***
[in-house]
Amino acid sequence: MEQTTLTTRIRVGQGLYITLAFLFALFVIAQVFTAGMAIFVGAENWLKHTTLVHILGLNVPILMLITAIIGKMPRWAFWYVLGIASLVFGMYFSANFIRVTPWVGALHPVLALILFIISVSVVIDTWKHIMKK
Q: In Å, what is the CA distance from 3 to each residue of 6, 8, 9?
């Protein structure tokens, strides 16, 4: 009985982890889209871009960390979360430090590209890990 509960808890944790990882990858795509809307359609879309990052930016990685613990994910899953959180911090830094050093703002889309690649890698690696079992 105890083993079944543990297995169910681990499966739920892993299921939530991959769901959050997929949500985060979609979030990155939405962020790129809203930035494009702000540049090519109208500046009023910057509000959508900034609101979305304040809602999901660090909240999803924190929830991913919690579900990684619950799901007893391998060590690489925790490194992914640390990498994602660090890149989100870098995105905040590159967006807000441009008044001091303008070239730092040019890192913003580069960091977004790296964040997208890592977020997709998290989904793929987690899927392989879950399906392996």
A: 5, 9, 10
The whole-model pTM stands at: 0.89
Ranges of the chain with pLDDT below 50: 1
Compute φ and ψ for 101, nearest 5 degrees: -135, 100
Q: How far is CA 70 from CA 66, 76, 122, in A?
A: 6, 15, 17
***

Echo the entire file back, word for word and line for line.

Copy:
[in-house]
Amino acid sequence: MEQTTLTTRIRVGQGLYITLAFLFALFVIAQVFTAGMAIFVGAENWLKHTTLVHILGLNVPILMLITAIIGKMPRWAFWYVLGIASLVFGMYFSANFIRVTPWVGALHPVLALILFIISVSVVIDTWKHIMKK
Q: In Å, what is the CA distance from 3 to each residue of 6, 8, 9?
């Protein structure tokens, strides 16, 4: 009985982890889209871009960390979360430090590209890990 509960808890944790990882990858795509809307359609879309990052930016990685613990994910899953959180911090830094050093703002889309690649890698690696079992 105890083993079944543990297995169910681990499966739920892993299921939530991959769901959050997929949500985060979609979030990155939405962020790129809203930035494009702000540049090519109208500046009023910057509000959508900034609101979305304040809602999901660090909240999803924190929830991913919690579900990684619950799901007893391998060590690489925790490194992914640390990498994602660090890149989100870098995105905040590159967006807000441009008044001091303008070239730092040019890192913003580069960091977004790296964040997208890592977020997709998290989904793929987690899927392989879950399906392996």
A: 5, 9, 10
The whole-model pTM stands at: 0.89
Ranges of the chain with pLDDT below 50: 1
Compute φ and ψ for 101, nearest 5 degrees: -135, 100
Q: How far is CA 70 from CA 66, 76, 122, in A?
A: 6, 15, 17